In 1998, Adonyev and Rashkovan were indicted and found guilty of wire fraud, defrauding the government of Kazakhstan, bribery of foreign officials and money laundering. Adonyev pleaded guilty and promised to repay the stolen $4 million to the Kazakh authorities, and as result was mercifully sentenced to only 30 months of prison and a three-year probation period. But he did not sit out even the 30 months. Under diplomatic pressure, the United States handed him over to Russia to serve out his term in his homeland. But why was Moscow so concerned with a self-confessed crook serving a relatively toothless 30-month sentence? As it turns out, the FBI was interested not only in his financial scams. In 2000, the Los Angeles Times published an article quoting an investigation conducted by insurance giant Prudential, into the cause of death of Adonyev’s long-time partner Oleg Popov. According to the LA Times, Prudential had stumbled upon FBI documents showing a link between Adonyev and shipment of a ton of cocaine, that had been intercepted at the Russo-Finnish border in 1993.
The Insider contacted Prudential but did not receive a comment to this story. We then tracked down the one-time FBI case investigator who worked the Adonyev case, currently a partner in a law firm. We asked if he remembered if in addition to the fraud investigations, there was a related cocaine-related investigation. The former case officer confirmed that he remembered the related case very well, but could not reveal the details due to the secrecy of the closed file.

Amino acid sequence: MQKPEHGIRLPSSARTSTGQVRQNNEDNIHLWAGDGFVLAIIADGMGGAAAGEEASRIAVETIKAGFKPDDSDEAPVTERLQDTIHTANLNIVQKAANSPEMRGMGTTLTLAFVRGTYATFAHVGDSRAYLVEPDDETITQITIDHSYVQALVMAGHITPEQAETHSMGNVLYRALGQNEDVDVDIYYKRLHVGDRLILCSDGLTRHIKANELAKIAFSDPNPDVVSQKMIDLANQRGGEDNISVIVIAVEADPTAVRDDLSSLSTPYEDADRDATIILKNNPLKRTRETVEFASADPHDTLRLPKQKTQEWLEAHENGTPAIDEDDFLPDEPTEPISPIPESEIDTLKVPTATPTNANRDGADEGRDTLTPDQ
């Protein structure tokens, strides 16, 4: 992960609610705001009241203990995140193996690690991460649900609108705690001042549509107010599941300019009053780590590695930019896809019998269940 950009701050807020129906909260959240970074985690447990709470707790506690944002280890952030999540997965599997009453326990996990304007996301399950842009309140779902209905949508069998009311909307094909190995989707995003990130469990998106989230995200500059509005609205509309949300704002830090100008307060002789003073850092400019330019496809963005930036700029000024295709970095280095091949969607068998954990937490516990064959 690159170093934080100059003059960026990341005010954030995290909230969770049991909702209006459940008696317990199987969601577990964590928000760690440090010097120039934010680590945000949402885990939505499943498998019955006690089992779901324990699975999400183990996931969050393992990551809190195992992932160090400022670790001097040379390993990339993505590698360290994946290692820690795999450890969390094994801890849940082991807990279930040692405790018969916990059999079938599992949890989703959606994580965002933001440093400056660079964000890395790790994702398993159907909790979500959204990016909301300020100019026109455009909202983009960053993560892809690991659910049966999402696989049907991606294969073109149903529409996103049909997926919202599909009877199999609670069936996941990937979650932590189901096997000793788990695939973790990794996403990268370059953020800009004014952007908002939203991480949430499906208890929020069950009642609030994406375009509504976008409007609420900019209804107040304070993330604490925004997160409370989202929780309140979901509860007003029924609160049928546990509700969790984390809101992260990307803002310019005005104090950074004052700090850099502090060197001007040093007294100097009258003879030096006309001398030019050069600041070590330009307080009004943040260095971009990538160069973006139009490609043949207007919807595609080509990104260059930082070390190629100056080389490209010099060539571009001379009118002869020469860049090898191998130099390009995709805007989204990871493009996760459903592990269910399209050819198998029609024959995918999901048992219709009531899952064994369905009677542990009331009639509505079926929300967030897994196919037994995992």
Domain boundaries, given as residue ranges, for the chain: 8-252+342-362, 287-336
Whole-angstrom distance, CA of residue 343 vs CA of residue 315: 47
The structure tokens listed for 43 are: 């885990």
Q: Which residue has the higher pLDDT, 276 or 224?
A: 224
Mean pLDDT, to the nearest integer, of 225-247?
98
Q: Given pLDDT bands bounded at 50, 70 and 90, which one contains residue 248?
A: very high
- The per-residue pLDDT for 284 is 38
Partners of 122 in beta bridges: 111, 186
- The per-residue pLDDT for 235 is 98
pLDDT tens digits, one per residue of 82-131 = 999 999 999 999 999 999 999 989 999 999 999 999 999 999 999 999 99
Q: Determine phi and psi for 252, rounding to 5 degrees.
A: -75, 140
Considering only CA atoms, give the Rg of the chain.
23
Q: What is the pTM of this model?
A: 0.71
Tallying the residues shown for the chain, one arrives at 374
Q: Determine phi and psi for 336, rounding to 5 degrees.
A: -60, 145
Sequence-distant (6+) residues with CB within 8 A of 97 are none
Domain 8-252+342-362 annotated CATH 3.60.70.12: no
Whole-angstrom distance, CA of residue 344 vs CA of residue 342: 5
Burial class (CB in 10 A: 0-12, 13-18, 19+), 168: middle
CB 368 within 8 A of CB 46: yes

The one-ton cocaine shipment mentioned in the LA Times article received due coverage in the Russian press at the time. On February 21, 1993, St. Petersburg’s Department of the Ministry of Security of the Russian Federation (known as UMBR, the predecessor to FSB) announced that it intercepted «an attempted ton of cocaine into Russia» at the Vyborg border crossing. Four days later, the head of UMBR Viktor Cherkesov said that the cargo had arrived from Columbia on a ship, and had passed Finnish customs unnoticed disguised as “cans of Colombian stew”, but that Russian customs officers noticed that some cans did not have markings, and upon opening one found cocaine inside. «The seized cocaine became the property of the state and will be used for medical purposes,» said Cherkesov, quoted by the newspaper «Nevskoe Vremya» in the article «We shall now be treated with cocaine» published on February 25, 1993. Cherkesov said that as of 1993 in St. Petersburg there were not enough cocaine reserves for medicinal purposes and these needed to be replenished. At that time such explanations did not cause a public uproar.